What is an inventory?

Inventory simply explained: a prerequisite for proper accounting

Every company is required to prepare a balance sheet at regular intervals and to present all assets transparently in it. Particularly in trading companies and the manufacturing industry, it is somewhat more difficult to provide evidence of all assets. While licenses, property rights or receivables can be verified by drawing up lists of balances (so-called book inventory), tangible assets require actual counting, weighing or measuring.

Definition of inventory: According to which standards must assets be accounted for?

In order for the tax authorities to be able to verify any information or for auditors to be able to give their opinion, uniform rules are needed for carrying out the inventory. The term itself derives from Latin: "invenire" stands for "to find something", "inventarium" can be translated as "totality of what has been found". The inventory thus corresponds to a stocktaking, i.e. a comparison of assets and liabilities on a specific date (so-called reporting date).

A proper inventory is deemed to have been taken if the principles of proper accounting (GoB) have been complied with:

  • Complete inventory (so-called balance sheet truth, i.e. the content correctness, completeness and arbitrariness).
  • Consistency of the inventory in accordance with § 252 HGB
  • Accuracy of the inventory in accordance with § 246 para. 1 HGB
  • verifiability as well as clarity (so-called balance sheet clarity, i.e. following a formal outline and structure)
  • Individual recording of all goods, merchandise or intangible assets

In short, the inventory must be carried out regularly, in a recognized form, according to clear rules, a specific designation and completely. The absence of a physical inventory leads, according to section R 5.3 para. 3 EStR on the invalidity of the balance sheet.

Overview of the main inventory procedures

There are different types of inventory with which it is possible to provide an overview of all relevant items. As mentioned at the beginning, depending on the asset, different approaches are needed to quantify the value for preparing the balance sheet.

In the following, we first present the inventory procedures that are available:

  • Physical inventory

Assets such as computers, printers, pencils, handheld terminals, labels or similar, i.e. everything that is physically present, is either weighed, measured or counted. For many small items, estimation is explicitly allowed, especially when the effort to accurately determine it would be uneconomical or even impossible.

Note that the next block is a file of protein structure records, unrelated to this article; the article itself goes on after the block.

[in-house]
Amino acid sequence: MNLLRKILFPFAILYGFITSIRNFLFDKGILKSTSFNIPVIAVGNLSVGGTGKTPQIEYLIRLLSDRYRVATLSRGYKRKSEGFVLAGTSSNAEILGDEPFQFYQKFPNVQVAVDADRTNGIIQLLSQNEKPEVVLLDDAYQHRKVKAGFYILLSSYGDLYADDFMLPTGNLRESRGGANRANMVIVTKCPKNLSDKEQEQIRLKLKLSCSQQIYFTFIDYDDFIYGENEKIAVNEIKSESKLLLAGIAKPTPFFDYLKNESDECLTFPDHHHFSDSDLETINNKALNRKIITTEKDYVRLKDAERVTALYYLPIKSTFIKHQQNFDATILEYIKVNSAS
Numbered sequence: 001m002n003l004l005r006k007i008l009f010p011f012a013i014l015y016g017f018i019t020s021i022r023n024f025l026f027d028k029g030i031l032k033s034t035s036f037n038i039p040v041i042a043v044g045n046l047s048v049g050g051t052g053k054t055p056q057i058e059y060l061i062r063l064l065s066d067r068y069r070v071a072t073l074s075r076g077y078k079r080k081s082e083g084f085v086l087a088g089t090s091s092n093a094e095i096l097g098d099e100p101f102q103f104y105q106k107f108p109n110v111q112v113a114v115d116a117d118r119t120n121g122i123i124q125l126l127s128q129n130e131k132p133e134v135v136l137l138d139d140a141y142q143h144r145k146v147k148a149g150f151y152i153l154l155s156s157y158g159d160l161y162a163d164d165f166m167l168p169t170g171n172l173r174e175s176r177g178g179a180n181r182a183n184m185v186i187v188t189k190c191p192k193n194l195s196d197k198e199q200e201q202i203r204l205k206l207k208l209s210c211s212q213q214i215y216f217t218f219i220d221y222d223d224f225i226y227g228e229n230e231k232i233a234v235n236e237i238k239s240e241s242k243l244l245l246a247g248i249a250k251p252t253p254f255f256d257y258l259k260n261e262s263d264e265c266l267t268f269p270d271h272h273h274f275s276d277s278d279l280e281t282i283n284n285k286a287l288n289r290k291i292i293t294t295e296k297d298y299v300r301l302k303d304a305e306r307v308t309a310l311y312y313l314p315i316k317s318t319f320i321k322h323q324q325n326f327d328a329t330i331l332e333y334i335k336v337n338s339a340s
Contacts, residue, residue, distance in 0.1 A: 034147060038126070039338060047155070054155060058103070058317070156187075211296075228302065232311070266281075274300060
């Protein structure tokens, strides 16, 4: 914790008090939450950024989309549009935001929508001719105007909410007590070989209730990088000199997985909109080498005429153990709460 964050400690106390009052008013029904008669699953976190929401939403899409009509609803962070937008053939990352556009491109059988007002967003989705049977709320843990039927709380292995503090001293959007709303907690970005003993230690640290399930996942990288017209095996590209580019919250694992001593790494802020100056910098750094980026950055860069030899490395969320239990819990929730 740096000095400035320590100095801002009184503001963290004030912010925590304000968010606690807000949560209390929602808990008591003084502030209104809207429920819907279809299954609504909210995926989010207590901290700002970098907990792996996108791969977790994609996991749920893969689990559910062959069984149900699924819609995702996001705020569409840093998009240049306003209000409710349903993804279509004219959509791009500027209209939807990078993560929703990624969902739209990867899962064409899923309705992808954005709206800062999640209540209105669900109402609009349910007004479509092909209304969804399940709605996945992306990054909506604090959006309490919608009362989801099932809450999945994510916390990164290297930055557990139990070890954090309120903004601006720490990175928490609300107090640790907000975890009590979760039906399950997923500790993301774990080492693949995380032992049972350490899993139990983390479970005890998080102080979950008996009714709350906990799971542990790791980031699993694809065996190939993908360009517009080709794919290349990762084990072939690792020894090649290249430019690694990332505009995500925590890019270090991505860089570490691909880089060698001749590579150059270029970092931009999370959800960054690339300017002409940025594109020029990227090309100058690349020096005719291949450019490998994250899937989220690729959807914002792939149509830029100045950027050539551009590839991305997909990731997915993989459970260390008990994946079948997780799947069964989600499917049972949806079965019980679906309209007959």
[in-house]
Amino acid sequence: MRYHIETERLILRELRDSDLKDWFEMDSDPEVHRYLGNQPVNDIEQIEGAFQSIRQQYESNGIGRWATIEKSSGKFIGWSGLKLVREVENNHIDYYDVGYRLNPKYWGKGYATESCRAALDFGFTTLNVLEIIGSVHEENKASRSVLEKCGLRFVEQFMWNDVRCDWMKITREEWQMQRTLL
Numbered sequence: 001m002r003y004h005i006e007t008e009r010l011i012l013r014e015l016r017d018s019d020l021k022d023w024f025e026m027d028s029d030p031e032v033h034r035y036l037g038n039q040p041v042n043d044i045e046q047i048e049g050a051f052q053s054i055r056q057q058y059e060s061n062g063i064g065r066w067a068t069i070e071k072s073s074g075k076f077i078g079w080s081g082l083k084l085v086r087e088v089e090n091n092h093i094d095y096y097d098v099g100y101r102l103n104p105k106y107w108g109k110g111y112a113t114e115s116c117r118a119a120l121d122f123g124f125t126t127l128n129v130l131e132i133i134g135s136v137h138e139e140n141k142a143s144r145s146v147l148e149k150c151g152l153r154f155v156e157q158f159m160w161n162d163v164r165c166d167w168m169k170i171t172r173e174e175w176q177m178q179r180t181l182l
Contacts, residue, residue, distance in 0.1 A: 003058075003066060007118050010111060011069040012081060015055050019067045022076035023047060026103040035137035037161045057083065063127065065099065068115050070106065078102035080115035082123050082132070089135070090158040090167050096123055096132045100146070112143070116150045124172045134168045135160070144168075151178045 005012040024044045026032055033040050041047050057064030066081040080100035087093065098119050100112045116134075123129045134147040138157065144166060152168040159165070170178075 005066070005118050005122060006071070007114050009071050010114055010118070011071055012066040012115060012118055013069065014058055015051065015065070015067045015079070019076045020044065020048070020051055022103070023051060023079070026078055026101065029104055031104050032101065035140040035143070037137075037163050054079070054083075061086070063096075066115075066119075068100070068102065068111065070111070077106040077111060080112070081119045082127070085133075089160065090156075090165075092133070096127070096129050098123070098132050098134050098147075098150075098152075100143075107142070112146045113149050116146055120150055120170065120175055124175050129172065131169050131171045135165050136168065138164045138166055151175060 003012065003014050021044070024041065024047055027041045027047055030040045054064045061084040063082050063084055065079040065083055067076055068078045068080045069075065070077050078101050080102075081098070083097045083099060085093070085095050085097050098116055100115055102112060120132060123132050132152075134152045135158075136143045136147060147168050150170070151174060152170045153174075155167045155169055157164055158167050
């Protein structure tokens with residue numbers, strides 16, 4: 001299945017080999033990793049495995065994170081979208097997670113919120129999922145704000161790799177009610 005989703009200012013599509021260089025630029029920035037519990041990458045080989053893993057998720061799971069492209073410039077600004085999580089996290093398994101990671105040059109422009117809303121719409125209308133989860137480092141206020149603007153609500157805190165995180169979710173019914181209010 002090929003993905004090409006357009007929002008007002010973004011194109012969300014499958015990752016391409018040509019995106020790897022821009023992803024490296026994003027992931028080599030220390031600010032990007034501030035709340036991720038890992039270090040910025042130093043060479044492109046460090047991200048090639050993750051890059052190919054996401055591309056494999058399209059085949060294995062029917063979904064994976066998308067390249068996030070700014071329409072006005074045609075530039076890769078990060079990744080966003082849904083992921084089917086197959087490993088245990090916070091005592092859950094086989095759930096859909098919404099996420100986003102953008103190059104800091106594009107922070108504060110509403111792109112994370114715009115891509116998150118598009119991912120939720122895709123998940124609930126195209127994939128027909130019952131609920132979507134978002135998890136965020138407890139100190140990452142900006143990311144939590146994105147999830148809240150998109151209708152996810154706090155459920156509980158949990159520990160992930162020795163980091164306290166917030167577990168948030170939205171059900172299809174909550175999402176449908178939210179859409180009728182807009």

• Book inventory

All documentation given within the framework of financial accounting is recorded by the so-called book inventory as an inventory. This involves receivables, payables or credit balances at banks - they result from the presentation of receipts, bank statements, receipts, lists of balances or invoices.

  • Asset inventory

Instead of a physical inventory, the asset inventory takes the form of an asset register, from which values for operating and office equipment, the vehicle fleet or machinery are derived. In addition, the acquisition or production costs, the useful life, the balance sheet value on the balance sheet date, the amount of annual depreciation and the date of acquisition and disposal must be recorded.

Important: All differences documented as part of the inventory must be included directly in the income statement. In technical jargon, this is also referred to as inventory differences.

These inventory types are provided for under the HGB

Pursuant to Section 241 of the German Commercial Code (HGB), there is a simplified inventory procedure which allows companies to determine the inventory using "recognized mathematical-statistical methods" and on the basis of random samples. This is always possible when the "informative value" is equal to that of the physical inventory.

This means that the inventory types that can be used for this purpose are clearly defined.

Instead of the annual inventory, i.e. the "classic" inventory at the end of a reporting period, there are three other procedures which are described below:

  • Inventory sampling (in accordance with Section 241 (1) HGB)

Restriction from selected as well as representative samples in terms of random sampling methods. After the survey, an extrapolation is made to the total population; the sampling error may not exceed one percent of the population. Only recognized mathematical-statistical methods such as mean estimation can be considered for this purpose.

  • Perpetual inventory (in accordance with Section 241 (2) HGB)

Provided that a stock ledger as well as a clean documentation of additions and disposals is available, a total recording in the sense of a permanent inventory can take place. The prerequisite for this is that a physical inventory is carried out at least once per fiscal year - and a comparison is made between the target stock in inventory accounting and the actual stock.

The advantage: stocktaking does not have to take place simultaneously, but can be spread out over time. However, a basis based on a sample or representative cross-section is permitted.

  • Pre- or post-balance sheet date inventory (in accordance with Section 241 (3) HGB)

If, regardless of the reason, it is not possible to take inventory on the reporting date, a pre- or post-postponed inventory may be considered. For this purpose, a physical inventory must be taken on a day within the three months before or within the two months after the balance sheet date. Stocks determined in this way are updated or recalculated with regard to their value.



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What is an inventory?


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